Feed on
Posts
Comments

Category Archive for 'Downtown'

I don’t think Faulkner is worth the antebellum South, and I would rather not have had Kafka at the proce of twentieth-century European carnage. But in trying to locate contemporary American writing I look at the thirties, that supposedly meager decade if misfired artistic energy and of duped intellectuals and bad proletarian novels, and I […]

Read Full Post »

As a man in the 12th Alabama wrote, “we were into it hot and heavy. I thought I had been in hot places before— I thought I had heard Minnie ball; but that day capped the climax.” Once in position the Alabamians stubbornly kept up a steady fire of their own, but they could not advance […]

Read Full Post »

Ignorant of the ways of publicity and chance alike, I’m unsure how these things happen but HiLoBrow.com has just been named by Time magazine’s Best Blogs of the Year . I could make up some things but not that! We’ve been meaning to catch up with WWIB’s  recently elusive publisher, Brian Berger, who doesn’t answer the phone, […]

Read Full Post »

Hi. My name if Rutherford B. Trace, and I’m the new editor of this weblog. I beg pardon from the ongoing series Frederick Douglass In Brooklyn, which I will soon continue, to implore, beseech, encourage and even— in some cases— command all ya’ll who can get near Grand Army Plaza Tuesday June 1 to see the Internets […]

Read Full Post »

IN MEMORY OF FREDERICK DOUGLASS A meeting to honor the memory of Frederick Douglass was held last night in the Concord Baptist Church of Christ on Duffield street. Among the speakers was the Rev. Hiram Hutchins, whose 85 years, it is said, make him the oldest living abolitionist. Others who addressed the meeting included the […]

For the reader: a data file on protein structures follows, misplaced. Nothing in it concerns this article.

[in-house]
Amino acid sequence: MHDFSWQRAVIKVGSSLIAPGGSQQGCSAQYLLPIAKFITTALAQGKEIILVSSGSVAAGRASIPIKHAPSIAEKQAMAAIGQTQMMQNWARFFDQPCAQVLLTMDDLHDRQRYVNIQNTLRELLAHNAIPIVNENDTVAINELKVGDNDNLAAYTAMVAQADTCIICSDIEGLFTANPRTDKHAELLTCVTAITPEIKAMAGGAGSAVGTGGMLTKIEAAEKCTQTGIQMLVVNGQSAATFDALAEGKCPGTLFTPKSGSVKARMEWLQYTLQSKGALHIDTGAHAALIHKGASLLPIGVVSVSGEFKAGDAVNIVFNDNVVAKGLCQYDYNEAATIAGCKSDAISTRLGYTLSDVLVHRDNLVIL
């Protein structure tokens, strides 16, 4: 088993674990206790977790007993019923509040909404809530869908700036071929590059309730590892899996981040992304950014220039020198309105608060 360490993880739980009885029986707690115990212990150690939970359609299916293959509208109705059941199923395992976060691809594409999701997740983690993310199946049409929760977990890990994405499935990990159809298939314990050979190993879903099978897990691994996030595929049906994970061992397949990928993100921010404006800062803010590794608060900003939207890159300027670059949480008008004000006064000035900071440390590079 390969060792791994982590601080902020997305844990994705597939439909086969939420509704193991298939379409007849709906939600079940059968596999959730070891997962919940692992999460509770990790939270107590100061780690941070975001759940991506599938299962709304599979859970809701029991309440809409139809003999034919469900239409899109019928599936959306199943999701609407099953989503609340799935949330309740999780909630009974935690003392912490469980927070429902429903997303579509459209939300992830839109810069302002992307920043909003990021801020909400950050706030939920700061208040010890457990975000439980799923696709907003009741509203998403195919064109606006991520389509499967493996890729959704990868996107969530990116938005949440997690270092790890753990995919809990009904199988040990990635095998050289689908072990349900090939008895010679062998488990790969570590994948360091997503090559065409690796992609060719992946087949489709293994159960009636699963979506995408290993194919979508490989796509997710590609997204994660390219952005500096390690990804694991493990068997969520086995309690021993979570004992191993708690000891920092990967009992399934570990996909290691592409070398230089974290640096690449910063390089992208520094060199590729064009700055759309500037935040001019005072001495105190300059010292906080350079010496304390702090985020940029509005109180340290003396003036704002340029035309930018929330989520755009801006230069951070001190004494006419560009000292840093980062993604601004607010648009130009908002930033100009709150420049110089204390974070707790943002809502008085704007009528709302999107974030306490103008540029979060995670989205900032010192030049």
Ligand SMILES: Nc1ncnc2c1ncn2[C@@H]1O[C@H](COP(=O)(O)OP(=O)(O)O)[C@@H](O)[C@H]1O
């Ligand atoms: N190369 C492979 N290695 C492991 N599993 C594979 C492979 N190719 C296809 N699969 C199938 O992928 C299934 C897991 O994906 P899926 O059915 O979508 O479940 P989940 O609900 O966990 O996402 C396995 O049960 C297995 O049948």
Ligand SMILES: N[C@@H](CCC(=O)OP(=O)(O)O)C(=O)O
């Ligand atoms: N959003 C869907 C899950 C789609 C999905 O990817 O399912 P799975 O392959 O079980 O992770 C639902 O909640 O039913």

Read Full Post »

I first saw Mr. Lincoln in the early summer of 1863. I had a special object in seeing him at that time. I had been engaged in raising two regiments of colored men in Massachussetts, the Fifty-fourth and Fifty-fifth. Two of my sons were in those regiments. Jefferson Davis had taken notice of these colored […]

Read Full Post »

He was of all things a typical New Yorker, an Irishman who’d been driving a truck for the Post Office most of his worklife and was now headed for a girl in Denver and a new life. I think he was running away from something in NY, the law most likely. He was a real […]

Read Full Post »

Yugoslav Steward knocks on my door, says “You stay on the ship? Okay?” and goes off into Brooklyn to get drunk with the crew— Alyce and I are waking up, at one A.M., arm in arm in a dreadsome ship, agh— Only one watchman alone on the walk— Everybody drinking in bars of New York. […]

Read Full Post »

“Gad, Easter, where was I?”— “The soft son, the flowers and here I was going down the street and thinking ‘Why did I allow myself to be bored ever in the past and to compensate for it got high or drunk or rages or all the tricks people have because they want anything but serene […]

Read Full Post »

It was dark when Peter got off the subway in Brooklyn. The streets were thronged with people bound for movies, restaurants, bars or just strolling pleasurably in the night and eating hot dogs at the Fulton Street stands. With a feeling of orphan loss and mystery, and a kind of odd, enigmatical consolation, Peter hurried […]

Read Full Post »

« Newer Posts - Older Posts »